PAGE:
Hello readers, Ned here again. In the previous two blog posts I discussed planning for DFSR server replacements and how to ensure you are properly pre-seeding data. Now I will show how to replace servers in an existing Replication Group using the N+1 Method to minimize interruption.
Make sure you review the first two blog posts before you continue:
- Replacing DFSR Member Hardware or OS (Part 1: Planning)
- Replacing DFSR Member Hardware or OS (Part 2: Pre-seeding)
As mentioned previously, the “N+1” method entails adding a new replacement server in a one-to-one partnership with the server being replaced. That new computer may be using local fixed storage (likely for a branch file server) or using SAN-attached storage (likely for a hub file server). Because replication is performed to the replacement server – preferably with pre-seeded data – the interruption to existing replication is minimal and there is no period where replication is fully halted. This reduces risk as there is no single point of failure for end users, and backups can continue unmolested in the hub site.
The main downside is cost and capacity. For each N+1 operation you need an equal amount of storage available to the new computer, at least until the migration is complete. It also means that you need an extra server available for the operation on each previous node (if doing a hardware refresh this is not an issue, naturally).
Because a new server is being added for each old server in N+1, new hardware and a later OS can be deployed. No reinstallation or upgrades are necessary. The old server can be safely repurposed (or returned, if leased). DFSR supports renaming the new server to the old name; this may not be necessary if DFS Namespaces are being utilized.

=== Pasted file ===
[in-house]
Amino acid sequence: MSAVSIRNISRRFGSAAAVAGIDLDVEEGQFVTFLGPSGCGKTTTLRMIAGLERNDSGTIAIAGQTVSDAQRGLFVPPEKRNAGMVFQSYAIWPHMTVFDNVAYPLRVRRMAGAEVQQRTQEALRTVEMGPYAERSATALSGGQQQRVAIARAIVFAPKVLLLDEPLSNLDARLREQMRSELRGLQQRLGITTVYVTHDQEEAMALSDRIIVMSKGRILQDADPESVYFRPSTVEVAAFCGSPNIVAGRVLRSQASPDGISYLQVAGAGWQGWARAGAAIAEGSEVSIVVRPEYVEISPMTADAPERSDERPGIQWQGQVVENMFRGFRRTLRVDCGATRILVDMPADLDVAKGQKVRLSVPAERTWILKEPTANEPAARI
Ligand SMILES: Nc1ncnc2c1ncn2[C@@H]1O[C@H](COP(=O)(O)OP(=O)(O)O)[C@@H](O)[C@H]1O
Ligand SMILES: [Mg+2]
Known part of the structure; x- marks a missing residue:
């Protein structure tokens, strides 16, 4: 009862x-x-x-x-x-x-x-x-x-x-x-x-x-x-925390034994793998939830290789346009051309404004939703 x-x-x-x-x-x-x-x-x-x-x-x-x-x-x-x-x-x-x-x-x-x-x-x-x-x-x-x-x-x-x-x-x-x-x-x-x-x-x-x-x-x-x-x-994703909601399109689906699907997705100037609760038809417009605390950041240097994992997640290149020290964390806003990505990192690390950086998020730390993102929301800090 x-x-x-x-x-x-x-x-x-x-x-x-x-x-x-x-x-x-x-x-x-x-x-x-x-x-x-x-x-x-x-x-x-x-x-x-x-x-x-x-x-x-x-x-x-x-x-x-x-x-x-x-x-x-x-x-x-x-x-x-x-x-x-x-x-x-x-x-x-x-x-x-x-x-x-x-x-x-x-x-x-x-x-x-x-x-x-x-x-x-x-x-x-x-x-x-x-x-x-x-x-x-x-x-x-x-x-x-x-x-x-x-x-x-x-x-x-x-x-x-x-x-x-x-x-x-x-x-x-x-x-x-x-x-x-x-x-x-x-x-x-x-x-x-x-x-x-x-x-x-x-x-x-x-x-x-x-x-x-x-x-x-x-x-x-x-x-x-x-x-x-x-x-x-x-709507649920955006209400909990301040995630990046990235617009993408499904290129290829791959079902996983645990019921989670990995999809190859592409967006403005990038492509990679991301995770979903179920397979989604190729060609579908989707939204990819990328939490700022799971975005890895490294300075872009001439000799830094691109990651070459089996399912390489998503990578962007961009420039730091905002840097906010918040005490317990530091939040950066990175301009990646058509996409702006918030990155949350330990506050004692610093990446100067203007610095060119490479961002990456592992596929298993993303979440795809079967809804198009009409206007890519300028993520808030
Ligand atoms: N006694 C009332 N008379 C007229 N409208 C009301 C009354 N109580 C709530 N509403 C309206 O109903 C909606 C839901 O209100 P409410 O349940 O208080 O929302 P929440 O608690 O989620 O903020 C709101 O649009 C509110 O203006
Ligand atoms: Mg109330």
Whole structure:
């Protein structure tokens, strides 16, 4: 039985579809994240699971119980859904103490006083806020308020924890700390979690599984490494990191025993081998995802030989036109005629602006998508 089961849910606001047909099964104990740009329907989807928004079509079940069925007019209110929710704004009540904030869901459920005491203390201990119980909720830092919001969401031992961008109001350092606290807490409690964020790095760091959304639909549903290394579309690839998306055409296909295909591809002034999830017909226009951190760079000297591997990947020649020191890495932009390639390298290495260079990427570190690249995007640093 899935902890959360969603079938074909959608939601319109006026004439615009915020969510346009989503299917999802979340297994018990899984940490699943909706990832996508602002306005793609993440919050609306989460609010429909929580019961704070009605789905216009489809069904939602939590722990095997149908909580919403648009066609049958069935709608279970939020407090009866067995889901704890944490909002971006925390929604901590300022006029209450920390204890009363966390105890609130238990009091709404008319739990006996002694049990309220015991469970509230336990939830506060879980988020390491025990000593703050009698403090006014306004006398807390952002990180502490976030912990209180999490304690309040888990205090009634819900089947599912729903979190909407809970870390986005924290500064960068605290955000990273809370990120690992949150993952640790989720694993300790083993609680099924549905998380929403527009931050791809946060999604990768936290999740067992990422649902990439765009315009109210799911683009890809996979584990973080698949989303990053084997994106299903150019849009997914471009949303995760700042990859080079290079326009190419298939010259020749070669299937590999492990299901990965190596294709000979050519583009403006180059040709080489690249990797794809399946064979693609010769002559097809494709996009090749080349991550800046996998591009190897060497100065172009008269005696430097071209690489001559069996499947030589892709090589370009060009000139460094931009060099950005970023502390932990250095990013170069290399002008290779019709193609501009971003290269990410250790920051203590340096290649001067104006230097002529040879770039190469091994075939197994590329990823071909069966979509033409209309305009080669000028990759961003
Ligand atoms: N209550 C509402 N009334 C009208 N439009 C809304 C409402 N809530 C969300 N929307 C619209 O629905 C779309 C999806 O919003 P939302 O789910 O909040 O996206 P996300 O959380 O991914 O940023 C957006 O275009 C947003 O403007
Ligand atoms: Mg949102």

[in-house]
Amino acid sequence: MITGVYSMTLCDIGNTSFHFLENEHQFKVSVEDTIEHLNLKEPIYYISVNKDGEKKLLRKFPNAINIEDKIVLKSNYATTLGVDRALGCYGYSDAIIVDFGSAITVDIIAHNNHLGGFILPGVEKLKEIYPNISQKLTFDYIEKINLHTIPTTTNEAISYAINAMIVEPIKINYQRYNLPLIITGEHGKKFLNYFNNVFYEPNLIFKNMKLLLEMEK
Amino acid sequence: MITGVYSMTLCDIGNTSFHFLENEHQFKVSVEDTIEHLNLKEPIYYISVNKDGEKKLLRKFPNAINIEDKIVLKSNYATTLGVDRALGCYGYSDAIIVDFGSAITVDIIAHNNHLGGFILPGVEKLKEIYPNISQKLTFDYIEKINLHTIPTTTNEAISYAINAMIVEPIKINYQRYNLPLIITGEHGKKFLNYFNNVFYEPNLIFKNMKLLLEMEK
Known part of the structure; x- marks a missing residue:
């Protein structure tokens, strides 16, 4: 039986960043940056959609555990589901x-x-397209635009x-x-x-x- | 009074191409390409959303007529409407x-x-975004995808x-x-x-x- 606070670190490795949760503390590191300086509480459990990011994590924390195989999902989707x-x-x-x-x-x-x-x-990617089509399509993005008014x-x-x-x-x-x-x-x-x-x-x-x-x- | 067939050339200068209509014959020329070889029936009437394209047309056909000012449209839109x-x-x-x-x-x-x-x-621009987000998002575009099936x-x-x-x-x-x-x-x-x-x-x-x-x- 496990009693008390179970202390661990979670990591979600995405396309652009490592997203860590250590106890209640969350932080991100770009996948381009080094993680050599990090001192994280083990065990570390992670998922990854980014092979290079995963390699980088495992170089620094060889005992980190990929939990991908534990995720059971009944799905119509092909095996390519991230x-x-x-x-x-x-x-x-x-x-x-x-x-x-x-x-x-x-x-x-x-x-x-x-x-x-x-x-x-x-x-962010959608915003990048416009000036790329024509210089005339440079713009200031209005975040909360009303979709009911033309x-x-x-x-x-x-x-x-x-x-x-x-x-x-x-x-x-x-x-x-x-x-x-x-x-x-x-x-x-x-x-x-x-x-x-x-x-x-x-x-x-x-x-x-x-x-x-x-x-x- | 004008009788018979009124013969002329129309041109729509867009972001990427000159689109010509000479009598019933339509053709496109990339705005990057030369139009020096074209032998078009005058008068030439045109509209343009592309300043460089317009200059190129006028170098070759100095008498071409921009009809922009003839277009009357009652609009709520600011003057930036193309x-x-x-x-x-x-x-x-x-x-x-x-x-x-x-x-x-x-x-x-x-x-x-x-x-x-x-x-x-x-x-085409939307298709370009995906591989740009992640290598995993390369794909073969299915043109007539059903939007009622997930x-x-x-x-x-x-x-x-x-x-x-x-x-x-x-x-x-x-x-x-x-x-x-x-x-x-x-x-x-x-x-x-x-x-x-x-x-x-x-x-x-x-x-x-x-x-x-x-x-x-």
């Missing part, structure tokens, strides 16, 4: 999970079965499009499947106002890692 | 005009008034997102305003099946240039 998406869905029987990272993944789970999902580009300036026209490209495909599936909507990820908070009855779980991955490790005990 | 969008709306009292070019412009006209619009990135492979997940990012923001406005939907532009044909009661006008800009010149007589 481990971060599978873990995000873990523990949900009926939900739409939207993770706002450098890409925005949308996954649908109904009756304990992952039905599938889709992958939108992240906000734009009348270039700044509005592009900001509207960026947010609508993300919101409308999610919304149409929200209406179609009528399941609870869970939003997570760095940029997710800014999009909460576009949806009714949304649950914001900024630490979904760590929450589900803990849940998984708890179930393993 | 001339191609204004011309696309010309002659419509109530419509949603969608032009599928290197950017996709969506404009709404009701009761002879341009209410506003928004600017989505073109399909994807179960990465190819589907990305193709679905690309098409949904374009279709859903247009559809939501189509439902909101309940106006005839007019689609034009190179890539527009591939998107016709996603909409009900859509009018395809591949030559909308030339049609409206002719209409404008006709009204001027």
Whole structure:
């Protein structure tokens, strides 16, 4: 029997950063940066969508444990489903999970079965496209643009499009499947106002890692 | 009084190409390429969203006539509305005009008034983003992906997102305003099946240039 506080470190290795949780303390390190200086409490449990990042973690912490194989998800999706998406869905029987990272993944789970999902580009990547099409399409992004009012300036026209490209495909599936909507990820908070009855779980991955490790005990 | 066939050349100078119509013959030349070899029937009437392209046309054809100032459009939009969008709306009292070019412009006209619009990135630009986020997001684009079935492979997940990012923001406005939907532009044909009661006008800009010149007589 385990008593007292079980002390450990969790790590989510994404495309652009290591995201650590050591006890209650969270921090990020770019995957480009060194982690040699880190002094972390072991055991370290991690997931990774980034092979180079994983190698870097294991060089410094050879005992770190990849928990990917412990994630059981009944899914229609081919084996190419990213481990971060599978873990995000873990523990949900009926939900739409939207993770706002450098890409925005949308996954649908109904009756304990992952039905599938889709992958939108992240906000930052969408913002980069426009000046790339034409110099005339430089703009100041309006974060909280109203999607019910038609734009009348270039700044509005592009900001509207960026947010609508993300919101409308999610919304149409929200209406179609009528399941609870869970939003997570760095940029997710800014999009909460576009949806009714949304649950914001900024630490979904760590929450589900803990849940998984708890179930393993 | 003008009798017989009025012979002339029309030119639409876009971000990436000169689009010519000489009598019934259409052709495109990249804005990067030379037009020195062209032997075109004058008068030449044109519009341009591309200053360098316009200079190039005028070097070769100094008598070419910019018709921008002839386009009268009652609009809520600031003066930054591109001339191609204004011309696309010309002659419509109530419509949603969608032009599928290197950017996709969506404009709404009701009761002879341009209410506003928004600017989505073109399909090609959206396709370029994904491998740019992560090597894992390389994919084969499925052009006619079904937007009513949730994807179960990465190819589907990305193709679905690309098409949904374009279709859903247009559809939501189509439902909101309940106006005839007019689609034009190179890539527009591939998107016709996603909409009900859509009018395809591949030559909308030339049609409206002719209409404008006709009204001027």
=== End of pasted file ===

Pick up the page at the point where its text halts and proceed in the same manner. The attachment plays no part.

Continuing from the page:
For each computer being replaced, you need the following:
- A replacement server that will run simultaneously until the old server is decommissioned.
- Enough storage for each replacement server to hold as much data as the old server.
- If replacing a server with a cluster, two or more replacement servers will be required (this is typically only done on the hub servers).
In my sample below, I have the following configuration:
- There is one Windows Server 2003 R2 SP2 hub (HUB-DFSR) using a dedicated data drive provided by a SAN through fiber-channel.
- There are two Windows Server 2003 R2 SP2 spokes (BRANCH-01 and BRANCH-02) that act as branch file servers.
- Each spoke is in its own replication group with the hub (they are being used for data collection so that the user files can be backed up on the hub, and the hub is available if the branch file server goes offline for an extended period).
- DFS Namespaces are generally being used to access data, but some staff connect to their local file servers by the real name through habit or lack of training.
- The replacement computer is running Windows Server 2008 R2 with the latest DFSR hotfixes installed, including KB2285835.